The prime minister was also a focus of their anger. Protesters said they wanted him to step down, saying he was too close to Shi’ite Hezbollah, who are part of his government, and to Assad.

“We are here to tell Mikati we don’t need him any more and to tell Hezbollah we don’t want any more of their games,” said Hamza Akhrass, a 22-year-old student who had come from south Lebanon for the funeral. “Mikati takes too much pressure for Syria.”

One banner read “People want the overthrow of Najib”.

Mikati said on Saturday he had offered to resign to make way for a government of national unity but he had accepted a request by President Michel Suleiman to stay in office to allow time for talks on a way out of the political crisis.


The 19-month-old uprising in Syria against Assad has exacerbated deep-seated sectarian tensions in Lebanon, which is still scarred from its 1975-90 civil war.

Sunni-led rebels in Syria are fighting to overthrow Assad, who is from the Alawite minority, which has its roots in Shi’ite Islam. Lebanon’s religious communities are divided between those that support Assad and those that back the rebels.

Mikati sought in vain to insulate the country from turmoil in its larger neighbor, which has long played a role in Lebanese politics.

Sunday’s funeral march set off from Hassan’s Internal Security Force headquarters in Ashrafiyeh and passed the site of Friday’s bombing before reaching Martyrs’ Square, where he will be buried alongside slain prime minister Hariri.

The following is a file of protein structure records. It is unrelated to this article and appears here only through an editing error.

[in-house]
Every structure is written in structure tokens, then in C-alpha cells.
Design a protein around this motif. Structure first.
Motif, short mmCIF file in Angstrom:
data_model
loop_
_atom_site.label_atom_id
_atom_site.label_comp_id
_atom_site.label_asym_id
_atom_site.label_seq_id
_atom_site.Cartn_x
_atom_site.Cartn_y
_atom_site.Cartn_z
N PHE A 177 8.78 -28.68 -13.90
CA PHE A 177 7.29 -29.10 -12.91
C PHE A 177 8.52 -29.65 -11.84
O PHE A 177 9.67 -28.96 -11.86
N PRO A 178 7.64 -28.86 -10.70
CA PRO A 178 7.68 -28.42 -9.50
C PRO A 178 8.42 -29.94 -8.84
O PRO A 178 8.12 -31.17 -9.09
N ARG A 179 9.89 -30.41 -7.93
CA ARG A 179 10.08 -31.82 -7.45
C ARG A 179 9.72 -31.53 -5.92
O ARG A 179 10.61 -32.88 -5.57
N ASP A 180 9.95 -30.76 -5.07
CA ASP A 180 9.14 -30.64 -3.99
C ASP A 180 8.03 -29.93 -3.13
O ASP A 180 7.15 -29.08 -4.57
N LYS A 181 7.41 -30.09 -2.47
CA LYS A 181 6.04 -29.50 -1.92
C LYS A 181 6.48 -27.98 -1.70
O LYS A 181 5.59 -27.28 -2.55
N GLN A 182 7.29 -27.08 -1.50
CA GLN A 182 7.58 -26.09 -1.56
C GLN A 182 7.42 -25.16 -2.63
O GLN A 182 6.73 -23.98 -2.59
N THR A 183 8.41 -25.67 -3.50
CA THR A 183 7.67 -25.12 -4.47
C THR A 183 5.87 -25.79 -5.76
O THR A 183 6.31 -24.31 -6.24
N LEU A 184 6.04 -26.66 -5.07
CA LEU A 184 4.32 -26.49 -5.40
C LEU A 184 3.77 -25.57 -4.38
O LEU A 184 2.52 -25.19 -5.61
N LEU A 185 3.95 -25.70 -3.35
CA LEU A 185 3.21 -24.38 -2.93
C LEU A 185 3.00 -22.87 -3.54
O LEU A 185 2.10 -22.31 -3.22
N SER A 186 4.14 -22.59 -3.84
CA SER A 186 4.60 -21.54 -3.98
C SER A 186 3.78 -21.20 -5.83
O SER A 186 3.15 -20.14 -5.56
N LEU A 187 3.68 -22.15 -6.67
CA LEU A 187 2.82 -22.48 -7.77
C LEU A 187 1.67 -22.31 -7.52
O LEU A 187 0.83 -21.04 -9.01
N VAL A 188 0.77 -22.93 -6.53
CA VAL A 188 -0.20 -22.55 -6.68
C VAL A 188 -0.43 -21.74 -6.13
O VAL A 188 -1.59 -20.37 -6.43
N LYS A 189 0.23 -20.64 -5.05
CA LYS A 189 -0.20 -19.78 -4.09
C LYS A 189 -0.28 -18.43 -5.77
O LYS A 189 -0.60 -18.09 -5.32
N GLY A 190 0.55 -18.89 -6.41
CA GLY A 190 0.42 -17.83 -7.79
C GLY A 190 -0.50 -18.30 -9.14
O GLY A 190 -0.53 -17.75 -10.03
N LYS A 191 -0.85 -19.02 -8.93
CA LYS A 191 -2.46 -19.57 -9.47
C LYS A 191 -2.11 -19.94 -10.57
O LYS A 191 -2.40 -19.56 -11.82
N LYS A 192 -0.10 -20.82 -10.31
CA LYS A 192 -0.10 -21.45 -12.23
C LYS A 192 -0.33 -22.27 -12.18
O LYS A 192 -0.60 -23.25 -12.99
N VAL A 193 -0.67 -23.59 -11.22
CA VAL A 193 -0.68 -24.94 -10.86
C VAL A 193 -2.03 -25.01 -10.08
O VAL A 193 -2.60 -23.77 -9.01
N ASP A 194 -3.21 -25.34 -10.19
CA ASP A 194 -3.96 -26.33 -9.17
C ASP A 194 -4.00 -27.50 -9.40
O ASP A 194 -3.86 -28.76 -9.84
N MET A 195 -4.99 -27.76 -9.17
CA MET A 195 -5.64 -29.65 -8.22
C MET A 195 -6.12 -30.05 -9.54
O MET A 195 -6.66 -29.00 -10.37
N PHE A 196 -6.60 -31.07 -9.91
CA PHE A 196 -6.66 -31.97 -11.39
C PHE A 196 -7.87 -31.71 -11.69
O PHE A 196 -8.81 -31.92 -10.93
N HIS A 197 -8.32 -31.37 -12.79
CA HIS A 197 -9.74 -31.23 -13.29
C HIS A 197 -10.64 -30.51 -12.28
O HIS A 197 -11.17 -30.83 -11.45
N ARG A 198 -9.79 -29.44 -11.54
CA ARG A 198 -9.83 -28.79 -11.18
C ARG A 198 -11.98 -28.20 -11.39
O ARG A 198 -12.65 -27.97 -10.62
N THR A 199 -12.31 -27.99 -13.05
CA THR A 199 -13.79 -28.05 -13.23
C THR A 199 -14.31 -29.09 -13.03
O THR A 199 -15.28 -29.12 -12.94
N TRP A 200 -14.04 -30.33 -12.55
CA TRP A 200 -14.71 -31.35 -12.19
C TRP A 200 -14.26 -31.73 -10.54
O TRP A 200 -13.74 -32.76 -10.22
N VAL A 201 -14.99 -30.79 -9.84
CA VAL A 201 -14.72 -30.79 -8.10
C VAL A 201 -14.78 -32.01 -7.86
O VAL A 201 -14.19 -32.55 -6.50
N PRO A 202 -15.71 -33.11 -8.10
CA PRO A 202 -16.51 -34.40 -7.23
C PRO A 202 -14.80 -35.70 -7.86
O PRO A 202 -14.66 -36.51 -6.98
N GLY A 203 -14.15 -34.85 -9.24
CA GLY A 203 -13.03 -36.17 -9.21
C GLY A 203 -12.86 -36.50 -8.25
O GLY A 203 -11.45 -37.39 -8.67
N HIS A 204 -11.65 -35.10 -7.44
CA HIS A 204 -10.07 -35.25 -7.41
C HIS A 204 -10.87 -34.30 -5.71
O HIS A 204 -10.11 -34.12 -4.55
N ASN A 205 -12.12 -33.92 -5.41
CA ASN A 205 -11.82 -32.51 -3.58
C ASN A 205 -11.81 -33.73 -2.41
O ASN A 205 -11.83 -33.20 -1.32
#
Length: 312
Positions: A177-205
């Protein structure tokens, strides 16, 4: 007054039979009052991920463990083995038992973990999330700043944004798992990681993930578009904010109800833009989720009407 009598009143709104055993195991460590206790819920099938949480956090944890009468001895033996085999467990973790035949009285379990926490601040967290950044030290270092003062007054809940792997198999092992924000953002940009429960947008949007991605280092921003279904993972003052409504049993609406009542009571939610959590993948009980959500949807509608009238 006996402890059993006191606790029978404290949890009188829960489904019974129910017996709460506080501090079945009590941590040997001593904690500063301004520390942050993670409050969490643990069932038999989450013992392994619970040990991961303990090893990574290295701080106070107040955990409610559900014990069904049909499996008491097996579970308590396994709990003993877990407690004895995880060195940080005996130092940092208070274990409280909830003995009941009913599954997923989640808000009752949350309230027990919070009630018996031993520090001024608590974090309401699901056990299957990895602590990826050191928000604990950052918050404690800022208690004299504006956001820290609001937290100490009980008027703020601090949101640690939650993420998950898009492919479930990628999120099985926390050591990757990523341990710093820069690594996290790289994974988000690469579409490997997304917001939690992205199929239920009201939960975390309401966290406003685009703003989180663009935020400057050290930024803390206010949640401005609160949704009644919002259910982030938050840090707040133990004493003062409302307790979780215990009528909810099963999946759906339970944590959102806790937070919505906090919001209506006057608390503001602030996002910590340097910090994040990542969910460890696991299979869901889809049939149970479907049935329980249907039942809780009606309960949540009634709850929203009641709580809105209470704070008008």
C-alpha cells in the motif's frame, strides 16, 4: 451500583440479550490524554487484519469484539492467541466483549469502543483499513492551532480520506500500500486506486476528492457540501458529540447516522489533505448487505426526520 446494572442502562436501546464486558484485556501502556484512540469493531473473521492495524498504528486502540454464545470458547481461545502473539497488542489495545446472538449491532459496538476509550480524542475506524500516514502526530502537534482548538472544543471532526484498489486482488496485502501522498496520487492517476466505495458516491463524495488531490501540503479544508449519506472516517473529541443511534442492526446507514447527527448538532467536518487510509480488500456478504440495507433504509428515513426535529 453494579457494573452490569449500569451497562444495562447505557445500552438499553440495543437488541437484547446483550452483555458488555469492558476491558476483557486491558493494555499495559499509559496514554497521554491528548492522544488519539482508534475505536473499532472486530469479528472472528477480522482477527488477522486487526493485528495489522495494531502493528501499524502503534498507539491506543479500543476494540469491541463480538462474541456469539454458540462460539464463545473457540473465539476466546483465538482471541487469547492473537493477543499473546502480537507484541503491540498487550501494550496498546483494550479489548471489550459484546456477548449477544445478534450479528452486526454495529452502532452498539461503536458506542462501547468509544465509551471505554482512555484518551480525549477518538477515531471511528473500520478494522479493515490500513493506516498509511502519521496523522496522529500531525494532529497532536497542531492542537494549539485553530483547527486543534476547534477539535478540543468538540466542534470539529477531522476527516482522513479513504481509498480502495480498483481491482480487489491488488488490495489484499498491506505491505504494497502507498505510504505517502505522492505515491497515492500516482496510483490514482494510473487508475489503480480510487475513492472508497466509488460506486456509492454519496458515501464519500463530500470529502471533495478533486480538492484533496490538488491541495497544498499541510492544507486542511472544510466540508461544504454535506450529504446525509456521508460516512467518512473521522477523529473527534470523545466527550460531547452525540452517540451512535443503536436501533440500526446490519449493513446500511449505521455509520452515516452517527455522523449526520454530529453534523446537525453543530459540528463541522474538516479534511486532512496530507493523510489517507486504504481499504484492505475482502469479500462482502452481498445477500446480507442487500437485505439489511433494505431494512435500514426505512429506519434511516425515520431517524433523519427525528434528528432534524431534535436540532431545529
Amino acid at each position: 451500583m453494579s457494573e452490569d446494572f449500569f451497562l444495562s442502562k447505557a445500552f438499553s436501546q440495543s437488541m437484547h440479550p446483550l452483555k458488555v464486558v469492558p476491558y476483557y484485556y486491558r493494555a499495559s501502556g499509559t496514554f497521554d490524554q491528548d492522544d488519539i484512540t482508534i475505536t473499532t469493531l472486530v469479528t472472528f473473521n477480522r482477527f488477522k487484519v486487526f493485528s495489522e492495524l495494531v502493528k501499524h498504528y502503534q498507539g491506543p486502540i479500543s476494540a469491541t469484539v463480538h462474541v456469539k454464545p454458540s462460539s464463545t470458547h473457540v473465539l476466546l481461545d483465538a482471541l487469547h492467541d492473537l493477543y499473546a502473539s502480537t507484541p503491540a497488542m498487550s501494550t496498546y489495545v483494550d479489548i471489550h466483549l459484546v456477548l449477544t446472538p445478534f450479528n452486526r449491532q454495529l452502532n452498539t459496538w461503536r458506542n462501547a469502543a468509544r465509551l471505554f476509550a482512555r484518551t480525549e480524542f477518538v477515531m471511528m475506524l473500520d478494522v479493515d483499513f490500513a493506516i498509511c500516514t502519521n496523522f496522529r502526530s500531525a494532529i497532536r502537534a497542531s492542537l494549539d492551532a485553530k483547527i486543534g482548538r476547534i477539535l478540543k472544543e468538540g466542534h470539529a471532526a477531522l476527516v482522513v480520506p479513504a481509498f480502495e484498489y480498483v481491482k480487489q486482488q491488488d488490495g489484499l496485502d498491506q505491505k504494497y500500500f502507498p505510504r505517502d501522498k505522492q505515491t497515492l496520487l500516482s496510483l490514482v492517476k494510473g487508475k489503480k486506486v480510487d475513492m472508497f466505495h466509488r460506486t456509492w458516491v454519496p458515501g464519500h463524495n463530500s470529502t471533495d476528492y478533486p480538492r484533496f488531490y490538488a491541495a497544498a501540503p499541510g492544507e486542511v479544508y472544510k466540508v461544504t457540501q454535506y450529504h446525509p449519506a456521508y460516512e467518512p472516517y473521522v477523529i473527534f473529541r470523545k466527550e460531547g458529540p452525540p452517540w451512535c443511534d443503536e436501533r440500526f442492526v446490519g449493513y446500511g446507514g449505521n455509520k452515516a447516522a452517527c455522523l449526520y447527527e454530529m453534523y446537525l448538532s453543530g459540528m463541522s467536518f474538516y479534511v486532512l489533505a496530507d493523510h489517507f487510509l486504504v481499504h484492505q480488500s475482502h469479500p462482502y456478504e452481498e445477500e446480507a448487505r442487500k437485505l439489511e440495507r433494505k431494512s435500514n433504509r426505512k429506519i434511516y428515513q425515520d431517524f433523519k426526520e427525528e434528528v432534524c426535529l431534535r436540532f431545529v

Mikati himself said he suspected Hassan’s assassination was linked to his role in uncovering Syrian involvement in the August bomb plot.

Samir Geagea, a Christian political leader and critic of Assad, demanded that Lebanon suspend all security and military agreements with Damascus and expel the Syrian ambassador.

In Paris, French Foreign Minister Laurent Fabius also pointed to a Damascus connection. “We don’t yet know exactly who is behind this but everything indicates that this is an extension of the Syrian tragedy,” he told French television.

“I think this is a part of what is happening in Syria and shows again how the departure of Bashar al-Assad is urgent.”

Hassan’s killing has already provoked unrest in Lebanon.

In the streets of Beirut and other cities on Saturday, gunmen and demonstrators blocked roads with burning tires.

In Tripoli, four people were wounded on Saturday by sniper fire on Jebel Mohsen, a neighborhood which is home to members of the Alawite faith. A pro-Hezbollah religious figure was killed in clashes in Tripoli on Friday, residents said.

Soldiers opened fire on a group who took over a road in the Bekaa Valley, wounding two people.

“The situation is fragile. I don’t know if this is the first in a series of attacks – history would suggest it is,” a Western diplomat said.

“Of all the people to go for, Hassan was the most dangerous target in terms of hitting Lebanon’s stability.”

Source: Reuters